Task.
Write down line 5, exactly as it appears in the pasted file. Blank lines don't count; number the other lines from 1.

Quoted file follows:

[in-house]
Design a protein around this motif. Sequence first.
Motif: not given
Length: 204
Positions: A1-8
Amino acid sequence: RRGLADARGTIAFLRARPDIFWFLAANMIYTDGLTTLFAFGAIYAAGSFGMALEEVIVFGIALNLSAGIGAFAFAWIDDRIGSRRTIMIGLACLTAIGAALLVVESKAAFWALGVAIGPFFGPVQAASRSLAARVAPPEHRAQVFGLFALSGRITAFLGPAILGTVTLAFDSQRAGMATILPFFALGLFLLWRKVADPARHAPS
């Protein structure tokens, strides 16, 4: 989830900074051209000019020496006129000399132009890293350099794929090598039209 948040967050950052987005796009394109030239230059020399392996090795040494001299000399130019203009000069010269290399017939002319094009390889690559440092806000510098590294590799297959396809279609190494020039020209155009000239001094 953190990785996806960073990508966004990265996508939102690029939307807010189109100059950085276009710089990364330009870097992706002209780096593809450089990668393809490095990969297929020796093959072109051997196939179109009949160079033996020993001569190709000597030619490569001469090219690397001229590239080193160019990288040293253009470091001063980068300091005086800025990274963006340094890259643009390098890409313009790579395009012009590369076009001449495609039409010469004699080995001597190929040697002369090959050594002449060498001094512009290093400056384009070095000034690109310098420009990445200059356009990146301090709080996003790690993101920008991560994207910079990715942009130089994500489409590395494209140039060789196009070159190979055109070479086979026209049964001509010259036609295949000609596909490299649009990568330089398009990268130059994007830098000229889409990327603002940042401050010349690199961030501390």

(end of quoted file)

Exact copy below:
Positions: A1-8